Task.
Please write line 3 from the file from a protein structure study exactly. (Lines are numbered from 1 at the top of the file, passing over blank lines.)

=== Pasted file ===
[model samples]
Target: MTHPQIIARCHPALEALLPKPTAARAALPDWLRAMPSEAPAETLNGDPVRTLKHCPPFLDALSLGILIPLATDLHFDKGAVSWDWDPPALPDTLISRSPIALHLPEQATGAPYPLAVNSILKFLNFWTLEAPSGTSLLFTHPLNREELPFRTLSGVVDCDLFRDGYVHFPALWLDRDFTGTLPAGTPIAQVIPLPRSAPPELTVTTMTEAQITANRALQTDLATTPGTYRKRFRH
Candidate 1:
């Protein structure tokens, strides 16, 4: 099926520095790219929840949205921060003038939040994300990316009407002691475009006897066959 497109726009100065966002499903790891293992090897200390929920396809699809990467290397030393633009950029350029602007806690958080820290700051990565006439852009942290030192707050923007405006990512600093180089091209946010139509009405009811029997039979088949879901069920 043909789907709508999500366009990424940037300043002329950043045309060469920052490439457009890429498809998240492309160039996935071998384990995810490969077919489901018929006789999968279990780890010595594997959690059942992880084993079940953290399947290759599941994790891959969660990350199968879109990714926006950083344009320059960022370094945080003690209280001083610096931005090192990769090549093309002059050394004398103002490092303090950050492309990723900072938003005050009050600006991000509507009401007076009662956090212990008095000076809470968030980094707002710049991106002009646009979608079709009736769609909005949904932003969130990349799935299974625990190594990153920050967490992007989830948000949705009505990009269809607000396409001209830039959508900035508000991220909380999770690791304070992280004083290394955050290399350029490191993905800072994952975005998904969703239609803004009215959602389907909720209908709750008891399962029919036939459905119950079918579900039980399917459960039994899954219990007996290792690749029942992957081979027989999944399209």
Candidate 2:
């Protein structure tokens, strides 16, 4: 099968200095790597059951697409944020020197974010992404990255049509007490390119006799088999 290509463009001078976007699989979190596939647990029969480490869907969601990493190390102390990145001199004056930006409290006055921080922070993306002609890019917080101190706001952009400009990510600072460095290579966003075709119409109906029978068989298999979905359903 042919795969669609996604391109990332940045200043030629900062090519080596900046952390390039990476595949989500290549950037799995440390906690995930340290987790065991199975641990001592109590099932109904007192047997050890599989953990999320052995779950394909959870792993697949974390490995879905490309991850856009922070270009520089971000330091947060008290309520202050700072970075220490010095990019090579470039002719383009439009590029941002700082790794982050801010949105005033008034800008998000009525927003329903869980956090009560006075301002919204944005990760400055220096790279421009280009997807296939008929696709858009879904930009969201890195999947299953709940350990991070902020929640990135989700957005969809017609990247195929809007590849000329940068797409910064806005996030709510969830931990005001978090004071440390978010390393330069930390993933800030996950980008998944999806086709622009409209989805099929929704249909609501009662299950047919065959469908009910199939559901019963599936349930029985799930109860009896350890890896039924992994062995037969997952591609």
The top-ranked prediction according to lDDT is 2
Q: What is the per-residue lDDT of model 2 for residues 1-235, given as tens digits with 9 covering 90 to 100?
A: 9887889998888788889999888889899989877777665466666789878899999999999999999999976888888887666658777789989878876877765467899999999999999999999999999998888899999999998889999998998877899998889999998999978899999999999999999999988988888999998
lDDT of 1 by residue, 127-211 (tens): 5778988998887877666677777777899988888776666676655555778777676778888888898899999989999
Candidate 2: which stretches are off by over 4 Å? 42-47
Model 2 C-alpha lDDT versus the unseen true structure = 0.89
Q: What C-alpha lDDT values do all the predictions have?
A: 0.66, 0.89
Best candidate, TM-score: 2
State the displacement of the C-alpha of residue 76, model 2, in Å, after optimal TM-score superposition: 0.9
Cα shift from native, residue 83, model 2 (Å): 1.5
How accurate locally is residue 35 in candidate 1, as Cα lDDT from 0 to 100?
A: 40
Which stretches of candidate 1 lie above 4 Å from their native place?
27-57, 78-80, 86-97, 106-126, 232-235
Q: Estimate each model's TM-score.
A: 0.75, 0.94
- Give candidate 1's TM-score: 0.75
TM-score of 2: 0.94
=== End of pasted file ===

Candidate 1: